new forest lone trees

The Theoi in England? UPG thingies

Thinking about potential English cultus/UPG things and writing little bits of prose for them… what do you guys reckon? (Heavily skewed towards Southern England because I don’t often get to go up North. I’ve tried to include bits but…eh… I dunno)

Wheat shifts from lush green to yellow gold as Demeter walks. The summer rain has passed, it glistens on the leaves and on her brow. Her lips are bright as strawberries, her breath sweet and heady as oilseed rape.

Poseidon crashes against the Whitby coast. His serpents draw the cliffs down into the sea and ancient creatures are exposed from their resting place in the rock. Our tiny island is held in his embrace as he carries our ships from shore to shore. In Portsmouth we salute him at the naval base and build monuments from the wreck of the Mary Rose. The gulls call his name as they soar inland.

Aphrodite comes ashore, her eyes bright as the Dover cliffs, skin golden as Cornish sands. The collared doves bring her flowers for she is the English Rose.

Hermes flits through the Underground, carried by the coursing breeze of the Tube. Each tap of an Oyster Card is the beating of his winged sandals. Every letter dropped into a red post box is an offering. Anywhere where money changes hands is his realm, from the marbled floors of Harrods to the dull neon of a Camden kebab shop, for he is the only one faster than the City.

Hestia crouches in the doorways of closed shops, bringing warmth to the homeless. She slips an extra pound coin into the hand of a Big Issue seller and never takes the magazine. Her hearth may only be in a pilot light or in the heating element of an electric kettle, but she is always there, warm, waiting, comforting.

Athena walks through the Bodleian stacks placing blessings on the books hidden underneath the Oxford streets so that students may succeed and those who apply for readers’ cards may be accepted. She stands in the corner of a Shetland home and smiles as a grandmother teaches her grandchildren to knit Fair Isle patterns. A barn owl cries in the cold night air and she moves in the ghostly flicker of its wings.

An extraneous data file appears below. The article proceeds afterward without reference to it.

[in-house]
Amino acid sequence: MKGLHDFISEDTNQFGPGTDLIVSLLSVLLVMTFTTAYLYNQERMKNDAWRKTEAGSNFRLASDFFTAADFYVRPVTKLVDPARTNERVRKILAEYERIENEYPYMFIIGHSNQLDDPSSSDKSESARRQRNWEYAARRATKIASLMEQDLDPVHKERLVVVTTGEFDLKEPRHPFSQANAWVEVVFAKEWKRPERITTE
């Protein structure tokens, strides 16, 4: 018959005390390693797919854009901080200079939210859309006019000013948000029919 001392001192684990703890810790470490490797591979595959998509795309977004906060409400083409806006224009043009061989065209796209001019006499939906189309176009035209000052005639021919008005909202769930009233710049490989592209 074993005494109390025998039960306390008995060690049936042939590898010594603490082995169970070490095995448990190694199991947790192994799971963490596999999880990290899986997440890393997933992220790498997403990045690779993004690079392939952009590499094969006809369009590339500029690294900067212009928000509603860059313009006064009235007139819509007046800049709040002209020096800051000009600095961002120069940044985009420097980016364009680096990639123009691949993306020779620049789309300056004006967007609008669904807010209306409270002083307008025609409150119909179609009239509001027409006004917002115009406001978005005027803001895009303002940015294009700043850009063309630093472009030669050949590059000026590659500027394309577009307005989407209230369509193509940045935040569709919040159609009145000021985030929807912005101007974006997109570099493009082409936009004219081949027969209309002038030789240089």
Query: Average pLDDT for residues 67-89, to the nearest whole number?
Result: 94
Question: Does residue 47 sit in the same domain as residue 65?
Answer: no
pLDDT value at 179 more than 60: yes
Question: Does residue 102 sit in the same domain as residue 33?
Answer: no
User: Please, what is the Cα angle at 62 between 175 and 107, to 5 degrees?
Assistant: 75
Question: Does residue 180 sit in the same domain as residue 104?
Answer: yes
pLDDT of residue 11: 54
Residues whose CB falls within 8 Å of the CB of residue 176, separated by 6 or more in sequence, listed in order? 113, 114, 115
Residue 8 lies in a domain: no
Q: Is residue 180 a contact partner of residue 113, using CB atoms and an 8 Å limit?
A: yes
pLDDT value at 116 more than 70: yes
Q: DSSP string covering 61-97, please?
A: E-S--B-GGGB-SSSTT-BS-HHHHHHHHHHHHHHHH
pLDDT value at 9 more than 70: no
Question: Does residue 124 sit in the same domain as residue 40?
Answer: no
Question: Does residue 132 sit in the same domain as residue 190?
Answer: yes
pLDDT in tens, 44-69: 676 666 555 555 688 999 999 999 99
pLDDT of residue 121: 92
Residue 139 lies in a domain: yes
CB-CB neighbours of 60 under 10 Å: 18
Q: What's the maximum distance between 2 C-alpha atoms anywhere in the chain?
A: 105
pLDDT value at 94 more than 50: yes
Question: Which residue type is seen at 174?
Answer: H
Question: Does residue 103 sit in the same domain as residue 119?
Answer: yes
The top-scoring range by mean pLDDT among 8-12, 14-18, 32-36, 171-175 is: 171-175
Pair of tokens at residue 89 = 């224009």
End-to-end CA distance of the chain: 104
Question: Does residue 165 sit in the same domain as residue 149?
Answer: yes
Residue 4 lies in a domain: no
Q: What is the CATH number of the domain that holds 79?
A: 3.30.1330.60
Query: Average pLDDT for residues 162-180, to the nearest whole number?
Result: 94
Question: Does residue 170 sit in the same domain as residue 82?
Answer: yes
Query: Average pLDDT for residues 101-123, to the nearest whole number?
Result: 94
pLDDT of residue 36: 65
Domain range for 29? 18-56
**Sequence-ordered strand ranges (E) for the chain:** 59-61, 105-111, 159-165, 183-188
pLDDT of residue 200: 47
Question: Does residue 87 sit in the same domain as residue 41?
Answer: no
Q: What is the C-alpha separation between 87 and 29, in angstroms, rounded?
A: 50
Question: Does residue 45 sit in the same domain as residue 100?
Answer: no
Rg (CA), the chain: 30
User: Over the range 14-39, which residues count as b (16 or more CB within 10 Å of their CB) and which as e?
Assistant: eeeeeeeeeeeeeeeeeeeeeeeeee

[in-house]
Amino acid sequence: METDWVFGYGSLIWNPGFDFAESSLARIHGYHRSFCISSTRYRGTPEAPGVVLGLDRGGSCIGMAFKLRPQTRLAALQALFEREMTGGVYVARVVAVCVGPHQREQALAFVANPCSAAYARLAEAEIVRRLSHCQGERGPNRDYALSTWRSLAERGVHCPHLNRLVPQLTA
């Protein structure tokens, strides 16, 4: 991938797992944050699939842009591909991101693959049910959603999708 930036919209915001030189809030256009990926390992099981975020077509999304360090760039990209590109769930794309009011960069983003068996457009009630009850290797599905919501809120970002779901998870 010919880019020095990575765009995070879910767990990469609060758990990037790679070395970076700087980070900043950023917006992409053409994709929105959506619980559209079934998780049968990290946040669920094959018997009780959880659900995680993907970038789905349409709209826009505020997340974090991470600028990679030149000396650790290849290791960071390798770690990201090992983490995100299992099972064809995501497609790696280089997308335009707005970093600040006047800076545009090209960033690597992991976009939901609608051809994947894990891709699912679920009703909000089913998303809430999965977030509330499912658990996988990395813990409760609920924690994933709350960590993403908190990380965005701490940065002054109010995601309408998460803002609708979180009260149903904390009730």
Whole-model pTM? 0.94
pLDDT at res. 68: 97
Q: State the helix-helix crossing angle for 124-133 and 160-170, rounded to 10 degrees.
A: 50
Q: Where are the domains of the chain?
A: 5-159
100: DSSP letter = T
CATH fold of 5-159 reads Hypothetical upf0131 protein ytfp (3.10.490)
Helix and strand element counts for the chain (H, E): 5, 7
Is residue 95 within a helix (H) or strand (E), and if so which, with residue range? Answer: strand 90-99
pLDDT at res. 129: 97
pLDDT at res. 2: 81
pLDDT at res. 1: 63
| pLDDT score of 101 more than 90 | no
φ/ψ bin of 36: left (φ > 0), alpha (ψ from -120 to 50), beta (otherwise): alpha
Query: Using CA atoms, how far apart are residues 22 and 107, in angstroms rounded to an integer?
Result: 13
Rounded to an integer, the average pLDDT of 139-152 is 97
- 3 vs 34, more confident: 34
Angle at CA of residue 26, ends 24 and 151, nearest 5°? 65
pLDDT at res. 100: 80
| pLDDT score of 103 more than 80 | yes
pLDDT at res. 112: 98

Apollo accompanies doctors through the wards of Great Ormond Street and sends hopeful smiles to the lips of the children there. He stands in the break room behind MRC researchers’ labs and keeps their coffee hot. He lurks backstage with the roadies at the Electric Ballroom, the O2 and the Roundhouse, singing along to songs of modern muses. He was there at the 100 Club and at the Cavern, at Glastonbury and the Isle of Wight. He is always there.

Artemis sprints through Dartmoor past long forgotten ruins and lonely homes. New Forest ponies gallop at her side, between the trees and heathers, forcing traffic to still. The mountains carry her through the lush green of the Peak District. Her stride is vast and covers cities too, in the wail of an urban fox and the hovering wings of a kestrel above the motorway or the rabbits that burrow beside Heathrow airport. There are corners of the wild everywhere.

Dionysus dances in a Manchester rave, liquor on his lips, eyes bright as glow-sticks. He follows the music through cellar clubs and secret happenings, to counter-culture bars and Soho drag shows. He lies in a punt in the haze of May Morning as drunken revelers leap, singing, from Magdalen Bridge into the gentle river below. He wanders through each theatre, watching West End musicals, Stratford Shakespearean revivals, and Edinburgh Fringe art-house pieces, as every stage is his altar no matter what is performed.

Ares joins Help for Heroes campaigns and stands aside veterans with poppies on their breasts. He carries coffins draped with Union Jacks through Wootton Bassett, head bowed, as mourners scatter flowers. He stands, fists and voice raised, with protesters and activists, carrying their banners as they cry for justice. He shelters refugees cramped into cargo containers and watches over them until they find safety. His spears pierce injustice, his shield blocks hatred.

Hera attends every wedding, every civil partnership, every hand fasting. A couple marry in their lunch break at a registers office and she is there. A lesbian wedding in a local hall receives her blessing. She watches from afar as an Anglo-Pakistani family celebrates for four days with bright clothes and painted hands, for though she is not among their gods, all marriages please her. She is the Queen above Queens, outlasting mortal monarchies and outshining all.

And Zeus? Zeus is in the English rain, that nourishes and punishes, floods and flourishes. He is called by the cries of Red Kites that circle, renewed, in clear skies. His strength is in the ancient oaks of Sherwood Forest and in the memory of lost wolves.